OTOH, it nice to see people and companies rallying behind this girl to cover the settlement - it shows who the real good guys are in this.
  • ex post facto? (Score:3, Insightful)

    by lone_marauder (642787) on Thursday September 11, 2003 @11:21AM (#6931984)

    Has anyone noticed that these people are whining about Kazaa after a thorough working over by the RIAA?

    "We are willing to wipe the slate clean... give you a fresh start, in exchange for certain... cooperation in bringing a known copyright terrorist to justice."

  • I love it... (Score:4, Interesting)

    by Cytlid (95255) on Thursday September 11, 2003 @11:22AM (#6932006)
    Make software creators liable for copyright infringement but not other creators of software liable for damage done by their buggy software? Gotta love it ...
  • by LilMikey (615759) on Thursday September 11, 2003 @11:31AM (#6932143) Homepage
    Of course they're all going to say they didn't know they were doing anything wrong! What did you expect? That is the simplest and most straight forward excuse in the books -- blame someone else. While some are truely confused I find it hard to believe that 4 million people honestly believe a one time $30 payment gets them thousands of dollars of retail music for free.
  • One thing RIAA and others seem to have a hard time understanding is that there will always be another way of sharing content. P2P is just a method out of hundred other. To stop filesharing you have to stop ALL traffic on the net and screen every mail delivered in the world. Since i can burn my files onto a DVD and swap it whit a friend instead stopping P2P isnt going to accomplish anything. Maybe they will succeed in stopping a promising communications protocol from being able to mature and start being used in other ways like in a distributed OS or other ways not yet used.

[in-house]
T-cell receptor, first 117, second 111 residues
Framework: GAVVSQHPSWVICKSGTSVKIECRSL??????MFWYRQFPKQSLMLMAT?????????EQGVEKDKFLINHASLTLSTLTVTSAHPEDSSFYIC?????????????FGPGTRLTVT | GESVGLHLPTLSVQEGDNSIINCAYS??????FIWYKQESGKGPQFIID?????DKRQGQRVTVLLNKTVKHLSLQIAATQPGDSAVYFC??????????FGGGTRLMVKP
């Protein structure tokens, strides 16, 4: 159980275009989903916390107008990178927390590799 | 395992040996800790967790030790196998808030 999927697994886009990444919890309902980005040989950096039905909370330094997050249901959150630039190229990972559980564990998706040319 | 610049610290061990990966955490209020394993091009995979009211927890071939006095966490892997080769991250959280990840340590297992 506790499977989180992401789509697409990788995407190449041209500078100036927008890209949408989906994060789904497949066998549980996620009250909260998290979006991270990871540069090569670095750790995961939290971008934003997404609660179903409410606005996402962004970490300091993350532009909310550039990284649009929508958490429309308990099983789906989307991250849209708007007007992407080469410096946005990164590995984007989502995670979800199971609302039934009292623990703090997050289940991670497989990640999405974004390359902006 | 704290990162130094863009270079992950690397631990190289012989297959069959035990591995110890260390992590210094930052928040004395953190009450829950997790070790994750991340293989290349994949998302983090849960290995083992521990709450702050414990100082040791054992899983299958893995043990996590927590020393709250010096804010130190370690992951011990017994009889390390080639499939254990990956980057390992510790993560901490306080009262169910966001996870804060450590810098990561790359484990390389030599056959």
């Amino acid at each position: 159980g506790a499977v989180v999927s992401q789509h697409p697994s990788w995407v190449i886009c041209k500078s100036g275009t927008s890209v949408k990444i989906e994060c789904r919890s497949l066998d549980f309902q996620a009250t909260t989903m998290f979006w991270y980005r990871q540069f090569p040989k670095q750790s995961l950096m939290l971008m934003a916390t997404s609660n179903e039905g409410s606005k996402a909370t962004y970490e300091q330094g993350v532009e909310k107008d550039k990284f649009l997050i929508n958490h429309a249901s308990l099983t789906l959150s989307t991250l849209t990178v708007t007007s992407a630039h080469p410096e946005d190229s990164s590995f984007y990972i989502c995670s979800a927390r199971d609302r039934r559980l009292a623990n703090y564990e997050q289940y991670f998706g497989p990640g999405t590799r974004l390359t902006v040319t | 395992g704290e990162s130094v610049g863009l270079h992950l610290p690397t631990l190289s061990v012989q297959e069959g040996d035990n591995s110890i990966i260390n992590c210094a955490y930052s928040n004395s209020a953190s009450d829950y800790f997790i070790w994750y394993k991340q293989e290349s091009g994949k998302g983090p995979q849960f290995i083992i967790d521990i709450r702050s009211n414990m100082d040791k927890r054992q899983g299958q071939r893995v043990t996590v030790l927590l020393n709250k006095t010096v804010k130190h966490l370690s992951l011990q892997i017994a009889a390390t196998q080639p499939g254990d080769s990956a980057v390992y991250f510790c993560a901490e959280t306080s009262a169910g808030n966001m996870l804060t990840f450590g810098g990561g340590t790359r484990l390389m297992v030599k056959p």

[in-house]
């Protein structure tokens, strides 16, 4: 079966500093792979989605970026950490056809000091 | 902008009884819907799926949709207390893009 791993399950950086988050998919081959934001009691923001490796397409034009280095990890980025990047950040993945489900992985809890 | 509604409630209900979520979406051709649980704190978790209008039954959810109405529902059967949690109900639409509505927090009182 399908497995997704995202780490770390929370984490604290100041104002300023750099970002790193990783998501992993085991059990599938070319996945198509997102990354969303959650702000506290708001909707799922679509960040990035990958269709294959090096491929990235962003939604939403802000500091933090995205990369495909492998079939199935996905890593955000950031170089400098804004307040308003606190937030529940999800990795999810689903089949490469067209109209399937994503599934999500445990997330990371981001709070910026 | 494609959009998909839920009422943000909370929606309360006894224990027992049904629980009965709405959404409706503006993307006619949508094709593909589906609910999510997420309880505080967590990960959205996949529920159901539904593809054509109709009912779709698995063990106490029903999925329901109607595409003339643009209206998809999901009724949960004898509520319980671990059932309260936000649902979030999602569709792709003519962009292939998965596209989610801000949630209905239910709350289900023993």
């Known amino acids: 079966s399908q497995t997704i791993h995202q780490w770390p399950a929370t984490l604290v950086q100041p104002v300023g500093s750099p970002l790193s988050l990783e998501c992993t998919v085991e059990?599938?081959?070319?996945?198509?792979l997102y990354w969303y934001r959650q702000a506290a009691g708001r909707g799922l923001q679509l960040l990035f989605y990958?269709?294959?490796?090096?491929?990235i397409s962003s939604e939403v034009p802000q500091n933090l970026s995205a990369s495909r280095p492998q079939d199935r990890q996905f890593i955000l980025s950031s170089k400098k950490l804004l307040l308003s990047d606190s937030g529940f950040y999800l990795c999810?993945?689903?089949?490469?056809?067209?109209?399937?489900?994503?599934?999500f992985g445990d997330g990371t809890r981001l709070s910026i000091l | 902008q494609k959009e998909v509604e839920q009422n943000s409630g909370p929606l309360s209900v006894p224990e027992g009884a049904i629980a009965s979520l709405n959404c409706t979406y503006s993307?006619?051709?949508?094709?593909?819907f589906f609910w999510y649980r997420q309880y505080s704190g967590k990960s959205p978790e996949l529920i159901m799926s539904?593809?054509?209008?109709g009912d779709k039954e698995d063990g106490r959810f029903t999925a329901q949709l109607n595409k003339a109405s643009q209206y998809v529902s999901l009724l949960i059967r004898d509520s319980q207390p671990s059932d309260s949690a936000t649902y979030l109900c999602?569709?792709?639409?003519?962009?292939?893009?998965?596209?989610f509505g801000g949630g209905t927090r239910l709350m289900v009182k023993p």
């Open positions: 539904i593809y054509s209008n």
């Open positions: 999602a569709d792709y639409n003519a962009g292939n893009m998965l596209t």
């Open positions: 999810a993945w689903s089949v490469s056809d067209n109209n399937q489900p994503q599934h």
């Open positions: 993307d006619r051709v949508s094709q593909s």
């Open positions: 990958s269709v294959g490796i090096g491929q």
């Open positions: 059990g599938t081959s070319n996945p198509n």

The only way to stop filesharing is to gain the trust and liking of the buyers so that they pay out of free will. RIAA has taken the opposite route wich already have proven itself futile. One can only watch sadly when they destroy great technology for no good.
  • Swamp out the RIAA (Score:4, Interesting)

    by ortholattice (175065) on Thursday September 11, 2003 @12:08PM (#6932738)
    Regardless of its ethics or legality, I think it is a bad idea to fileshare RIAA-connected music. I think that (contrary to what the RIAA would have you believe) by increasing exposure to it, you actually help the RIAA by effectively marketing their music, just like radio does.

    Anyway, whether my theory is right or not, I propose that we offer massive amounts of non-RIAA, legal-to-download music on PHP. I mean massive amounts - thousands and thousands of song, gigabytes and gigabytes worth - saturate P2P with it. Not just stuff you like personally but all kinds of stuff that potentially someone might like. And of course it would all be perfectly legal.

    If everyone were to donate spare disk and bandwidth they're not using anyway, it might make a difference. Start a movement to swamp out RIAA songs. The independent artists will only benefit from it and thank us in the end.

    If you agree with this theory, what are some good sources of freely-downloadable music you would recommend?

  • by panda (10044) on Thursday September 11, 2003 @12:18PM (#6932891) Homepage Journal
    It's very simple, really. Trading songs, movies, or other materials online without permission from the copyright holder of the work is a crime, both in the legal and moral sense. Folks on here love to spout that it is technically "copyright infringement," but it really amounts to stealing, not in the "theft by unlawful taking" sense, but in the sense of using another's property without their permissions.